Friday, September 23, 2005


Here are some incredible, yet politically left-leaning, albums of note worthiness.

Husker Du: Flip Your Wig (SST, 1985). Calling Bob Mould angry is like calling the ocean damp. In fact, he's mad as hell. Divide and Conquer might just be the best rock anthem since Won't Get Fooled Again. Together with partner Grant Hart, they write songs that are terse -though not nearly as much as Zen Arcade - and at the same time sonically challenging to the senses. But they've got a softer side. Green Eyes might be the weirdest, sincerest love song of the age. A

Mekons: OOOH! (Quarterstick, 2002). If this isn't the anti 9/11 tribute record then Karl Marx was a Republican. It's also their darkest album since Fear and Whiskey. They also haven't lost any of their country influences, though here that's hardly relevant. They are as obsessed with the treachery of the government and society's old ills as ever. Thee Olde Trip To Jerusalem is another reminder that they ain't buying the SOP that seems to serve the common folk so well. This Way Through the Fire is their warning. They're not hungry, thirsty, weary or alone. They're just aging missionaries looking for a safe shore to land on. Going on 25 years and they still have more to say than any one else still standing. A+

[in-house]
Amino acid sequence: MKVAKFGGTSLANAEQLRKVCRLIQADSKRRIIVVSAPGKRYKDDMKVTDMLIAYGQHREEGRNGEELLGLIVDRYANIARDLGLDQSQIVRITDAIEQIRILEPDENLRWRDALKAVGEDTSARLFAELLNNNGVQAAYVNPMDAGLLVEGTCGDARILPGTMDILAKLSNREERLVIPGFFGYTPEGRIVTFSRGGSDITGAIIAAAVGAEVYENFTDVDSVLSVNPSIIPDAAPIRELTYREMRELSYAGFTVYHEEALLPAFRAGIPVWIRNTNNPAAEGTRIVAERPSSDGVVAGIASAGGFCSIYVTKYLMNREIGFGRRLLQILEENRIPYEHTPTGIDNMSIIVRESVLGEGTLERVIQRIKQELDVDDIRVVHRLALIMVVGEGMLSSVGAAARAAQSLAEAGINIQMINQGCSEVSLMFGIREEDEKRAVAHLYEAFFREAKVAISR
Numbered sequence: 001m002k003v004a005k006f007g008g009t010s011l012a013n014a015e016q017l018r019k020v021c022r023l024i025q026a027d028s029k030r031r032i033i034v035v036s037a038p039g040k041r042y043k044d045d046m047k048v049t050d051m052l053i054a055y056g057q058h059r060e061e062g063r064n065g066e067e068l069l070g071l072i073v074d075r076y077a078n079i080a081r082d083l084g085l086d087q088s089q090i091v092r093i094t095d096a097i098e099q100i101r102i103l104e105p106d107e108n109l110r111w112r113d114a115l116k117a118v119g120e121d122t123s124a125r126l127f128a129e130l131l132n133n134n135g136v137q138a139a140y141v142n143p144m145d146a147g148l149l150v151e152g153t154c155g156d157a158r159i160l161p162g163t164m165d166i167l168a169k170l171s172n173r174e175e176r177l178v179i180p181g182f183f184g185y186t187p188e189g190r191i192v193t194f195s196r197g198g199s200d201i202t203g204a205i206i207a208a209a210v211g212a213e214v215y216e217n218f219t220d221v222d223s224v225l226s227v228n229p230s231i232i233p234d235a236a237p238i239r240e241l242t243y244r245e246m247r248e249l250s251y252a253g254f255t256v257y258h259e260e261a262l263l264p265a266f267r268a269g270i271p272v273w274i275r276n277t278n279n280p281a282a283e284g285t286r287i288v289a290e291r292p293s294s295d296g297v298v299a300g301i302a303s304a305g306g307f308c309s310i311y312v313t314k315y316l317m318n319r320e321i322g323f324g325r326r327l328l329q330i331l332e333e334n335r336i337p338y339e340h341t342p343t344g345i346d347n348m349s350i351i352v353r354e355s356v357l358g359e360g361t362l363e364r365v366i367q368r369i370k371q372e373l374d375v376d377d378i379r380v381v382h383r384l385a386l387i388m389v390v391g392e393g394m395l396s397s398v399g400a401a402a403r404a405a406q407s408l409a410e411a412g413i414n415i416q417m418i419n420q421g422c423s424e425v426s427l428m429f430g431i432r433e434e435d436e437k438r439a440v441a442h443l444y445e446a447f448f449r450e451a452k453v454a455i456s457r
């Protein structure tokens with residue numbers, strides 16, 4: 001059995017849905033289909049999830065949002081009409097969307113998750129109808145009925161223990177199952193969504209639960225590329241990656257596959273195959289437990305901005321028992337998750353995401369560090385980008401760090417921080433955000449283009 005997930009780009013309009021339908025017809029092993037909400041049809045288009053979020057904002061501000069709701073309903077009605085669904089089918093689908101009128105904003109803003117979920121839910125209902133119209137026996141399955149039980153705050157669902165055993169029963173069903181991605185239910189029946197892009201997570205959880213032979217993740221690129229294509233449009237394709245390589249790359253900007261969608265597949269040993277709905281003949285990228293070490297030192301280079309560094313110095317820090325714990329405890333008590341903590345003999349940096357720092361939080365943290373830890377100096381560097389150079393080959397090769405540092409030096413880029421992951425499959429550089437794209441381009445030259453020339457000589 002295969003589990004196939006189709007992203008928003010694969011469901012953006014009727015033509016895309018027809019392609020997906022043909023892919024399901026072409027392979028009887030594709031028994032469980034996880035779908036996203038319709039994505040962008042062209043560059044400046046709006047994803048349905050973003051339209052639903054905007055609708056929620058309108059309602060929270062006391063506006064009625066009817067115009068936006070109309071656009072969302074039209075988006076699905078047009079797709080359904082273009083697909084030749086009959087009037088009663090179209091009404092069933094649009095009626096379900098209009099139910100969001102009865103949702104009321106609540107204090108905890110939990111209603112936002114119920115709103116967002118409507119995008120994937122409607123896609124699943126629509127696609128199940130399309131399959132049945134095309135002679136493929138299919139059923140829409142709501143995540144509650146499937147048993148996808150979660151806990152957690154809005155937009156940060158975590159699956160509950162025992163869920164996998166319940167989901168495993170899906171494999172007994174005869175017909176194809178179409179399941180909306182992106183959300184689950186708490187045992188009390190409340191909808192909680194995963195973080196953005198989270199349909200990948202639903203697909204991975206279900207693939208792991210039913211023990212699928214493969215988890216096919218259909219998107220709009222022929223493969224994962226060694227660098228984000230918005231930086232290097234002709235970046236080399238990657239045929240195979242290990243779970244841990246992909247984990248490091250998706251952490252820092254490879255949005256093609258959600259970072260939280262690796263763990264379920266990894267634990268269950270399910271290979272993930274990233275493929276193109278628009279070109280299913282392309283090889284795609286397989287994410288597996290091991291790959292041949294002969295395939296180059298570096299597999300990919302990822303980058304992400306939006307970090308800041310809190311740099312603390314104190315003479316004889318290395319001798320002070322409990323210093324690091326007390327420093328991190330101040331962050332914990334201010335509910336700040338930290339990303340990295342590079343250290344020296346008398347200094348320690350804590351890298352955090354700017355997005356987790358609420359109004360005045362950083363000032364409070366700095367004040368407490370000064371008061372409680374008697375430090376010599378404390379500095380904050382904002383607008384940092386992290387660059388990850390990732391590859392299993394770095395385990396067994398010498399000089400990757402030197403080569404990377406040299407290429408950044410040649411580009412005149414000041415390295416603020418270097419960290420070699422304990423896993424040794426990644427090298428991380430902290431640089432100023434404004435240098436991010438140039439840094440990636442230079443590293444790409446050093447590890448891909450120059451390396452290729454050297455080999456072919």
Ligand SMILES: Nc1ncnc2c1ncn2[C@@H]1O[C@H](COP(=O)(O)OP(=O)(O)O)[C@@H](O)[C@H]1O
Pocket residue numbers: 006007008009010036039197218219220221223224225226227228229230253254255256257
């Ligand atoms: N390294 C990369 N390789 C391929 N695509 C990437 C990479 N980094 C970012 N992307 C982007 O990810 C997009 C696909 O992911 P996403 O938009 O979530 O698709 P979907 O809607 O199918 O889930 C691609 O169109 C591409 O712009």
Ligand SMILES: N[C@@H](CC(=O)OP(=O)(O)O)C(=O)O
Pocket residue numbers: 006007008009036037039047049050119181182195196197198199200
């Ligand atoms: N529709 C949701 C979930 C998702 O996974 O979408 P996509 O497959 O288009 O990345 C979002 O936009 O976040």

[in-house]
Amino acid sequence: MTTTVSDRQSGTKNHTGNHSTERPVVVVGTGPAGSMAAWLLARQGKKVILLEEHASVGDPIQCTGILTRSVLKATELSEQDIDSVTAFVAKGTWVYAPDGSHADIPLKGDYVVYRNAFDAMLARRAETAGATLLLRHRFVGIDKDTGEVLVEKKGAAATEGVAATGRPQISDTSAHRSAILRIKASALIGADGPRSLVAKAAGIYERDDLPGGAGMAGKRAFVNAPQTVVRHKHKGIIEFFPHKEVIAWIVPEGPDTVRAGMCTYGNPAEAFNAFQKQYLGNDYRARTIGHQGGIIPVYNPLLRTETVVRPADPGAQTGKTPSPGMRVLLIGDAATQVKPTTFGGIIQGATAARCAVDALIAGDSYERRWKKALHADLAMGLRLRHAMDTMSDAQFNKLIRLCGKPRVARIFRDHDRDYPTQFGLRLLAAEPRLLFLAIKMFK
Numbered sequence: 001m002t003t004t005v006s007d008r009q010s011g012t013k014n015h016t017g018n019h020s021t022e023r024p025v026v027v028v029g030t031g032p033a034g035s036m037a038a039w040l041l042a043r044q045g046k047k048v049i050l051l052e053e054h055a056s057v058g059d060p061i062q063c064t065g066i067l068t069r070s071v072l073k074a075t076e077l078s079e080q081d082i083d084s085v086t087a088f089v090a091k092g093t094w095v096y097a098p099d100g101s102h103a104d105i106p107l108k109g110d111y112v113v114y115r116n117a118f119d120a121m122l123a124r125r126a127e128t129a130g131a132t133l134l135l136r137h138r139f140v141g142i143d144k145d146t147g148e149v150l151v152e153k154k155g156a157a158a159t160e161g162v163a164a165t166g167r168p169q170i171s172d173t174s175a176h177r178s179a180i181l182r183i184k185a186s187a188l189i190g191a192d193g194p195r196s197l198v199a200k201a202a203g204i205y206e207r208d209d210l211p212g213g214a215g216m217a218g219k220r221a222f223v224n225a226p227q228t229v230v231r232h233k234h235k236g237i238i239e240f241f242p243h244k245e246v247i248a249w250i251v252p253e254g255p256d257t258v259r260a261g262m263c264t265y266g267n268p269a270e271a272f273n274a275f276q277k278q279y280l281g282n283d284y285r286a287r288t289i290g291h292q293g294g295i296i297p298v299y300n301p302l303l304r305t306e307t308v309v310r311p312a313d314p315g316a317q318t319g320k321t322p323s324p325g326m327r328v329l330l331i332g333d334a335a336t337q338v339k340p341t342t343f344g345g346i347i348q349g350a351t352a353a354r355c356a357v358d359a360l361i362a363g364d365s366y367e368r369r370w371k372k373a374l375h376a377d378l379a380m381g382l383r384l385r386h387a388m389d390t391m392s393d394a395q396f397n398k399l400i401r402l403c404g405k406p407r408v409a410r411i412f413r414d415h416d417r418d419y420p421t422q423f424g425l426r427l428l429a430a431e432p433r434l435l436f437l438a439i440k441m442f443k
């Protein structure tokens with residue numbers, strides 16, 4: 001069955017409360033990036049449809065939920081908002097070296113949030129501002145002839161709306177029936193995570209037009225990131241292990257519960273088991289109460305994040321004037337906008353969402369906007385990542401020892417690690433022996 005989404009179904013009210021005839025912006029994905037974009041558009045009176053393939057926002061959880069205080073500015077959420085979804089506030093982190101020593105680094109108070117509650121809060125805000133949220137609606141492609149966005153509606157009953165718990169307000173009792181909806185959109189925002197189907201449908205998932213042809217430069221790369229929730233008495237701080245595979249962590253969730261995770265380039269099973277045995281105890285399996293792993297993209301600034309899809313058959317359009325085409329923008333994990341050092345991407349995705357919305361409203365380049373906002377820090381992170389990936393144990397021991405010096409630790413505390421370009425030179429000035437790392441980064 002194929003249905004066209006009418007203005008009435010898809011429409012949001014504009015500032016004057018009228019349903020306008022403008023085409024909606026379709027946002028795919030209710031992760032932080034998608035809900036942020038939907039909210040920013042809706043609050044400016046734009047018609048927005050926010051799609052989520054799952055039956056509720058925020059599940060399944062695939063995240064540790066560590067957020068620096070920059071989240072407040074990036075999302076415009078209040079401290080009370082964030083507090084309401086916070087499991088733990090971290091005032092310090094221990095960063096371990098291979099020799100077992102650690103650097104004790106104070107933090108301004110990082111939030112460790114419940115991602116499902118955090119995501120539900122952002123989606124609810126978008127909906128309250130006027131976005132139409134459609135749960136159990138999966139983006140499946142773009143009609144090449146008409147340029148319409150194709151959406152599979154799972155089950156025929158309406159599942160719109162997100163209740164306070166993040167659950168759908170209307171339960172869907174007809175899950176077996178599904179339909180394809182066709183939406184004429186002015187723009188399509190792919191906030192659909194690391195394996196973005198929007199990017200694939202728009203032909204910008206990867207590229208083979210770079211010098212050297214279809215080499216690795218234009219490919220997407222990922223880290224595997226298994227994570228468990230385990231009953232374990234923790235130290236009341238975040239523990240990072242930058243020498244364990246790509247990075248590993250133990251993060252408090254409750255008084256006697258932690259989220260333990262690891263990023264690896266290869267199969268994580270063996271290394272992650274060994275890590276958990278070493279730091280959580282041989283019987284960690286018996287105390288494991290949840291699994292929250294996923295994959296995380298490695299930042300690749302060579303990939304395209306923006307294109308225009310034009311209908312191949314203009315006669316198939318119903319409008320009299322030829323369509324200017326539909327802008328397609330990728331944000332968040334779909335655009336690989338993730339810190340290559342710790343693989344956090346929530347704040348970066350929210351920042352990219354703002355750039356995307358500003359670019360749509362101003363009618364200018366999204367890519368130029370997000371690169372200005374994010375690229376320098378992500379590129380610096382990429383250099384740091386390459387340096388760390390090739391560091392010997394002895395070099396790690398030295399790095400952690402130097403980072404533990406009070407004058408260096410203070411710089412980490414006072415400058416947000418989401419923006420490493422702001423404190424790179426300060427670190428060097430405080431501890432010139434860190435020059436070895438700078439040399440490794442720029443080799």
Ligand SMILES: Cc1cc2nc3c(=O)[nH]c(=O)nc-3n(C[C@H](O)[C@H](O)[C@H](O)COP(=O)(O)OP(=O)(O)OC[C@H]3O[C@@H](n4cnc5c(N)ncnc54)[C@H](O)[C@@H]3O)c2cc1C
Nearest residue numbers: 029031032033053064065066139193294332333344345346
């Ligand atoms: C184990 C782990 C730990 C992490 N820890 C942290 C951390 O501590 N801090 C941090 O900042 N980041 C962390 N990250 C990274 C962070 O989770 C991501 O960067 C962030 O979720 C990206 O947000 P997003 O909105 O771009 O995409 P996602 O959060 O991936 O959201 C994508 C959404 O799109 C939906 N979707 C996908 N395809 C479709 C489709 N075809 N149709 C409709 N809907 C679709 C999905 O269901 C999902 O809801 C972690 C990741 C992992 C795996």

The Housemartins: London 0, Hull 4 (Elektra, 1986). When Paul Heaton says, "Don't shoot someone tomorrow that you can shoot today," he's not just whistlin' Dixie, or Piccadilly Square for that matter. These guys take their Marxist Christianity (or whatever else you care to call it) seriously. From the Queen to fence sitters, they pull no punches and hide no contempt. Call them the Left's version of the Beatles. Power pop for the masses. Original grade A- A.

The Minutemen: 3-Way Tie (for Last) (SST, 1985). Like Lynyrd Skynyrd before them, their best was, well, their last. D. Boon never sounded so good, or so well defined. Yes, they were a little too utopian at times as The Price of Paradise and The Big Stick attest, but theirs was a just world, where might was right, er, left and people everywhere lived together in harmony. You wanted to believe Boon when he said that if war isn't what we were all about then someone would eventually "get the peace train back on its track." Naive, yes, but still words to live by. A

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